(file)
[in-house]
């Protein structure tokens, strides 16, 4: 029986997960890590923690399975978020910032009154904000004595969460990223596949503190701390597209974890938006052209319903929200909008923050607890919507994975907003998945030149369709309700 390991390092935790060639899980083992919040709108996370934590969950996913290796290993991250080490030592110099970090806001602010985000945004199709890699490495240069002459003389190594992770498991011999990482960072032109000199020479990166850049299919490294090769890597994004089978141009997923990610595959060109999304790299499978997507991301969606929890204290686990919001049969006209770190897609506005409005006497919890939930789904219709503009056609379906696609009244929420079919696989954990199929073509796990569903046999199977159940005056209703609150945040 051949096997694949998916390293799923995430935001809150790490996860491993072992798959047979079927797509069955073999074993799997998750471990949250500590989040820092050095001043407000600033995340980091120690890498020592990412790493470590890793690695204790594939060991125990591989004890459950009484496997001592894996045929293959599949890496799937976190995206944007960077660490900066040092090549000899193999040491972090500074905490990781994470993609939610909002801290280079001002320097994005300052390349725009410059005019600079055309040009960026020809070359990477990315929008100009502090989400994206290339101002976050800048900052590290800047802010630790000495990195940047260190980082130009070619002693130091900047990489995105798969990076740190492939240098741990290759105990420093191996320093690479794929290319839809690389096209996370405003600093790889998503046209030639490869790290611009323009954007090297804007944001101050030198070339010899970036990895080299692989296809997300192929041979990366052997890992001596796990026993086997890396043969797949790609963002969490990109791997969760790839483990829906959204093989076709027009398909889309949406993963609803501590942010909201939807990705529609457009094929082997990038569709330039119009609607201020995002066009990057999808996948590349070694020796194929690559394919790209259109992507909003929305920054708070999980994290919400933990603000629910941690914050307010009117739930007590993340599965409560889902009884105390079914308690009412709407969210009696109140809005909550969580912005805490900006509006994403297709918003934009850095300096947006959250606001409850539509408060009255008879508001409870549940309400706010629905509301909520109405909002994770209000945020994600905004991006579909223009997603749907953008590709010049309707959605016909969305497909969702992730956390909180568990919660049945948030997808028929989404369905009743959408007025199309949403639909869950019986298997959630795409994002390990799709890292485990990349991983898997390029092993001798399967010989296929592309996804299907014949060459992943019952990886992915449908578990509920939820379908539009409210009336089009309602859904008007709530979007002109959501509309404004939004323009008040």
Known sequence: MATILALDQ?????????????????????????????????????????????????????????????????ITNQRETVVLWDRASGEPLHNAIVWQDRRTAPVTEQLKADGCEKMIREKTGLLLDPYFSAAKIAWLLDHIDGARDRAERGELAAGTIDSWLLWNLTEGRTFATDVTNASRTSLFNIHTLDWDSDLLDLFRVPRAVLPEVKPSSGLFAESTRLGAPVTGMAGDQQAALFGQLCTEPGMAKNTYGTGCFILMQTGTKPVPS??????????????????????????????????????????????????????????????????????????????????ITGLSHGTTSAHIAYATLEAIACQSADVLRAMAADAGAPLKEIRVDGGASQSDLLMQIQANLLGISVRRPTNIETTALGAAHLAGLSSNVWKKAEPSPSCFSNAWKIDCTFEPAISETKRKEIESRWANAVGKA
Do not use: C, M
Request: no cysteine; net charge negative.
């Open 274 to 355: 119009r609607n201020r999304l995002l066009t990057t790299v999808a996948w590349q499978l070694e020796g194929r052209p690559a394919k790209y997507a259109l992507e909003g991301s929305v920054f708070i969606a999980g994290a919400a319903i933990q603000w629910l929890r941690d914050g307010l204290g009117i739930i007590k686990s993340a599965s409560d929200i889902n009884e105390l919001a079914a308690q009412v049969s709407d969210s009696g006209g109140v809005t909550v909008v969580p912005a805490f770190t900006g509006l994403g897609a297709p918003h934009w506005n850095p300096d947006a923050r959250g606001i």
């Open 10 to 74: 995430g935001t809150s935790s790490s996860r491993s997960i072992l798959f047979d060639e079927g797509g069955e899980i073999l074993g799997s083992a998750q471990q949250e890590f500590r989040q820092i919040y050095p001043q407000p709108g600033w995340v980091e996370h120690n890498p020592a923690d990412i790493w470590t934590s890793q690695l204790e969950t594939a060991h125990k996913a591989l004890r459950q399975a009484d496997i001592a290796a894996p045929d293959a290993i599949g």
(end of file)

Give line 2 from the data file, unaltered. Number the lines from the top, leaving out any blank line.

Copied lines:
């Protein structure tokens, strides 16, 4: 029986997960890590923690399975978020910032009154904000004595969460990223596949503190701390597209974890938006052209319903929200909008923050607890919507994975907003998945030149369709309700 390991390092935790060639899980083992919040709108996370934590969950996913290796290993991250080490030592110099970090806001602010985000945004199709890699490495240069002459003389190594992770498991011999990482960072032109000199020479990166850049299919490294090769890597994004089978141009997923990610595959060109999304790299499978997507991301969606929890204290686990919001049969006209770190897609506005409005006497919890939930789904219709503009056609379906696609009244929420079919696989954990199929073509796990569903046999199977159940005056209703609150945040 051949096997694949998916390293799923995430935001809150790490996860491993072992798959047979079927797509069955073999074993799997998750471990949250500590989040820092050095001043407000600033995340980091120690890498020592990412790493470590890793690695204790594939060991125990591989004890459950009484496997001592894996045929293959599949890496799937976190995206944007960077660490900066040092090549000899193999040491972090500074905490990781994470993609939610909002801290280079001002320097994005300052390349725009410059005019600079055309040009960026020809070359990477990315929008100009502090989400994206290339101002976050800048900052590290800047802010630790000495990195940047260190980082130009070619002693130091900047990489995105798969990076740190492939240098741990290759105990420093191996320093690479794929290319839809690389096209996370405003600093790889998503046209030639490869790290611009323009954007090297804007944001101050030198070339010899970036990895080299692989296809997300192929041979990366052997890992001596796990026993086997890396043969797949790609963002969490990109791997969760790839483990829906959204093989076709027009398909889309949406993963609803501590942010909201939807990705529609457009094929082997990038569709330039119009609607201020995002066009990057999808996948590349070694020796194929690559394919790209259109992507909003929305920054708070999980994290919400933990603000629910941690914050307010009117739930007590993340599965409560889902009884105390079914308690009412709407969210009696109140809005909550969580912005805490900006509006994403297709918003934009850095300096947006959250606001409850539509408060009255008879508001409870549940309400706010629905509301909520109405909002994770209000945020994600905004991006579909223009997603749907953008590709010049309707959605016909969305497909969702992730956390909180568990919660049945948030997808028929989404369905009743959408007025199309949403639909869950019986298997959630795409994002390990799709890292485990990349991983898997390029092993001798399967010989296929592309996804299907014949060459992943019952990886992915449908578990509920939820379908539009409210009336089009309602859904008007709530979007002109959501509309404004939004323009008040």